STATEN ISLAND, N.Y. — Like many music fans, I had several concerts I was looking forward to attending in 2020.
But when the coronavirus (COVID-19) pandemic shuttered the globe, live music ceased for more than a year.
Most of the 2020 concerts tickets I had purchased — like Billie Eilish — got canceled. Some shows — including Matchbox Twenty/Wallflowers and the long-anticipated arena show featuring Def Leppard/Mötley Crüe/Poison/Joan Jett — are rescheduled for 2022.
So when I found out there were free tickets to star-studded free concerts in each borough for all New Yorkers who are fully vaccinated, I made sure I got mine. The Staten Island show last Tuesday, headlined by Wu-Tang Clan members, had a great line up of hiphop and freestyle artists I got to see.
But I couldn’t wait for the Central Park show, which was produced by music titan Clive Davis. And, at that one, I got to sit in the press area (so I could write this story).
CENTRAL PARK SHOW
Arriving just in time for the concert to begin, the sun magically came out at the 5 p.m. sharp concert start.
It was amazing to see so many vaccinated people in one place — most without masks — enjoying a star-packed concert featuring icons from nearly every music genre, from rap and rock, to opera and country.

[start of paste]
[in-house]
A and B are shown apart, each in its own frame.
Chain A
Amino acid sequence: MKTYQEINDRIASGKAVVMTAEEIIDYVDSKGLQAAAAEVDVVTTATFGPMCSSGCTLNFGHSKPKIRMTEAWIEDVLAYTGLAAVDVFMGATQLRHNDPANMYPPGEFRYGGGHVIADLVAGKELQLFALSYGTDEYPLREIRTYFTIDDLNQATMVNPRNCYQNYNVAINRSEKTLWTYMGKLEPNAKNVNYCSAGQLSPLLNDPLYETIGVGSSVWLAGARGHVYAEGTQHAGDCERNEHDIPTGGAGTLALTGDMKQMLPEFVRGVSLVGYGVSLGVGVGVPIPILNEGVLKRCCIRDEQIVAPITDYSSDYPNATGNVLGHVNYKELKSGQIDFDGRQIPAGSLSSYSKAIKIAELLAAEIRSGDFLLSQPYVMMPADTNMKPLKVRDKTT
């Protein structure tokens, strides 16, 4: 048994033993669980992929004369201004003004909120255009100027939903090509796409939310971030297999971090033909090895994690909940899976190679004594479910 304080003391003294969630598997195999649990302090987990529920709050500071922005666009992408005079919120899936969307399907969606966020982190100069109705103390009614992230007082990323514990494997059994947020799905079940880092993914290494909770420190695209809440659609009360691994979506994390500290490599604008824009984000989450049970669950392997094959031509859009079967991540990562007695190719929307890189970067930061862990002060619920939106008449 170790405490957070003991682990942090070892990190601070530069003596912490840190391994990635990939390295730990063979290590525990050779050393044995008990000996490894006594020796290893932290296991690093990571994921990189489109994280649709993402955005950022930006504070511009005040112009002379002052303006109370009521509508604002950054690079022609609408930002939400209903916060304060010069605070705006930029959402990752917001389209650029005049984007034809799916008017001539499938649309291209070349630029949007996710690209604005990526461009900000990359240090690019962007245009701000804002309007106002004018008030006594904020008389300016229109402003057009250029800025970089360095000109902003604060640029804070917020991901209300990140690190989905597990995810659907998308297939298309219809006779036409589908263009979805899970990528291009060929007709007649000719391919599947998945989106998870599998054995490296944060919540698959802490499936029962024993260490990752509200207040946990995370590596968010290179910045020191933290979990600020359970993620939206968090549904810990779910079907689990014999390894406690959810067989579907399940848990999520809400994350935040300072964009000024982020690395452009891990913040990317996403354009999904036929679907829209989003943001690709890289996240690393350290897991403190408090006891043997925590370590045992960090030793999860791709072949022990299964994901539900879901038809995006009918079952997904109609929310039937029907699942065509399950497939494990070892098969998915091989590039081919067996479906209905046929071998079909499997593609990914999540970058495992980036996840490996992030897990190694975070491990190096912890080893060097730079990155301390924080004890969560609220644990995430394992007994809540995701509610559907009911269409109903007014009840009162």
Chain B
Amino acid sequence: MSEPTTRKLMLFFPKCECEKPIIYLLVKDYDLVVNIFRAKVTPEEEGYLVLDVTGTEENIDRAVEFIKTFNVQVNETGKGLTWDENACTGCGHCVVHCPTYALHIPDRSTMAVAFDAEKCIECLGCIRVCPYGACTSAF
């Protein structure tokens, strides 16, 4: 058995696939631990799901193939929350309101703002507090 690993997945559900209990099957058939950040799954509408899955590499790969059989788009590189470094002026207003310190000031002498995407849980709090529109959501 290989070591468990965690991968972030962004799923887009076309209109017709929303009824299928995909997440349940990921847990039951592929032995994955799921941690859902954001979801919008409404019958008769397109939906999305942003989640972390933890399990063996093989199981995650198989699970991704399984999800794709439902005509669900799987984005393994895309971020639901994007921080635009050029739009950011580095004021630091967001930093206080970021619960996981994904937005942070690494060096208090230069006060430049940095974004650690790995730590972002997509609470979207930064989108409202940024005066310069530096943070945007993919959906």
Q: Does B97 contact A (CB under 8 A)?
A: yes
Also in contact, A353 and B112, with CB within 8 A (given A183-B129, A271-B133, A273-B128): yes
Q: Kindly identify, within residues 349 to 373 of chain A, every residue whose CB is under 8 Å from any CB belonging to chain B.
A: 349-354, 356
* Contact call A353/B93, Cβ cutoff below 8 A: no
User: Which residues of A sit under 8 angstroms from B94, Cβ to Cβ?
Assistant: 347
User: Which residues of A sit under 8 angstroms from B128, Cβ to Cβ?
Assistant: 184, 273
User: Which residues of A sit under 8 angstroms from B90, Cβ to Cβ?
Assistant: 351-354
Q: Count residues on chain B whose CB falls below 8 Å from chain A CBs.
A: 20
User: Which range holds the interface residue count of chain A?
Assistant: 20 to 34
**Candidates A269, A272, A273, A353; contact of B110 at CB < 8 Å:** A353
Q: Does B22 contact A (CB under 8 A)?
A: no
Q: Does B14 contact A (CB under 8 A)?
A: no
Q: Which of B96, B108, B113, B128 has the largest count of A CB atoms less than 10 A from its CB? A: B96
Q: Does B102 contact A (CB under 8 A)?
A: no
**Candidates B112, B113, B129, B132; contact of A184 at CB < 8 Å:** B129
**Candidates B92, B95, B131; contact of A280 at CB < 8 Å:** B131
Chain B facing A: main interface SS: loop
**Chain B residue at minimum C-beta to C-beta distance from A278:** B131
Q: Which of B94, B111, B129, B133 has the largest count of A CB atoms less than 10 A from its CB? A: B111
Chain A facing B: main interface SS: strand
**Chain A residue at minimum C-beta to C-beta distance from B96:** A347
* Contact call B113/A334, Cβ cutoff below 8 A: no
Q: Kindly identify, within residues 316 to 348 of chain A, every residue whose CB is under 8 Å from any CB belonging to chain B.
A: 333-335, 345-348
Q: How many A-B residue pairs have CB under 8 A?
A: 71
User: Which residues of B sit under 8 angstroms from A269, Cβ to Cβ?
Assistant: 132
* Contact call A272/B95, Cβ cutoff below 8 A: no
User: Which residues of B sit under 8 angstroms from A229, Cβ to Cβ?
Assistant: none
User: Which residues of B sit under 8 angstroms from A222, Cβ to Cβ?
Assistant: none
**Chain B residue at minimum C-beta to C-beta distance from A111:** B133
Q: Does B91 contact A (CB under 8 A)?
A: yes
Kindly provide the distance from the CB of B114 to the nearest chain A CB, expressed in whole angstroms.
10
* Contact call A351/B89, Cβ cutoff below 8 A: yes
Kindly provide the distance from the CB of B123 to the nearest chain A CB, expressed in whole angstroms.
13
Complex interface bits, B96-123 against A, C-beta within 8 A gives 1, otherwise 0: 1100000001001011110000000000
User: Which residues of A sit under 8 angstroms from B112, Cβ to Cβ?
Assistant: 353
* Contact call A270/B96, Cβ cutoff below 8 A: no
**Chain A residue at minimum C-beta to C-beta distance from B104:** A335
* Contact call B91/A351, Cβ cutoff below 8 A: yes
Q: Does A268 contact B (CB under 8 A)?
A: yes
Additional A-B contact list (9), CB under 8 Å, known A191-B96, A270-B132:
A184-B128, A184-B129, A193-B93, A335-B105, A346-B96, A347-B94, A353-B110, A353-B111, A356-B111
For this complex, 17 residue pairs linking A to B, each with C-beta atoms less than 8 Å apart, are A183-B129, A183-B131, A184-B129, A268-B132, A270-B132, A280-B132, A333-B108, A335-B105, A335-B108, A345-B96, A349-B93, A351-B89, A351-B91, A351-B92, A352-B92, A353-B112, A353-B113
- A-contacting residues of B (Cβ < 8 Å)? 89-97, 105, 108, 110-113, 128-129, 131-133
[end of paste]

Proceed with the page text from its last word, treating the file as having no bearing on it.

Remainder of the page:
I stood on a barrier in the press area and had a great view of some of my all-time rock favorites, like Santana and Rob Thomas.
Cheers from the fully vaccinated crowd that boasted 60,000 welcomed the early acts of the show, which included Jennifer Hudson, Carlos Santana, Rob Thomas and Wycleaf Jean, Journey, Kane Brown, LL Cool J, Jon Batiste, Andrea Bocelli, Earth, Wind & Fire, Lucky Daye, Kenny “Babyface” Edmonds, Barry Manilow, and the New York Philharmonic.
And the pervading mood of the crowd was “happy”– happy they were at a concert and everyone there was vaccinated. The alcohol-free concert drew New Yorkers from all over the city, who sat on blankets and danced on Central Park’s Great Lawn.
But, right in the middle of Barry Manilow’s 1978 hit “Can’t Smile Without You,” the singer’s microphone cut out. The crowd let out a sigh, hoping it was just a technology glitch. But concertgoers were immediately instructed over loudspeakers that the concert was over due to the impending Tropical Storm Henri.
“Please proceed to your vehicles and protected areas outside of the event center,” said the voice over the loudspeaker. At the time, it was just drizzling.
But by the time I walked out of the park, it had started to pour.
I met up with a friend and hopped on a bus as crowds of people — many of whom were still on line just to get into the concert venue — were scrambling for transportation to get out of the rain.
The grand finale of a weeklong concert series in NYC was rained out before headliners Bruce Springsteen and Paul Simon got to take the stage. I was also bummed I didn’t get to see The Killers, Patti Smith and Elvis Costello.
In the end, it was a free concert, so I can’t complain about not seeing the whole line-up. But I’m glad I got a glimpse of concerts of the future — all vaccinated people enjoying a good time and great music — like before we ever heard of COVID-19.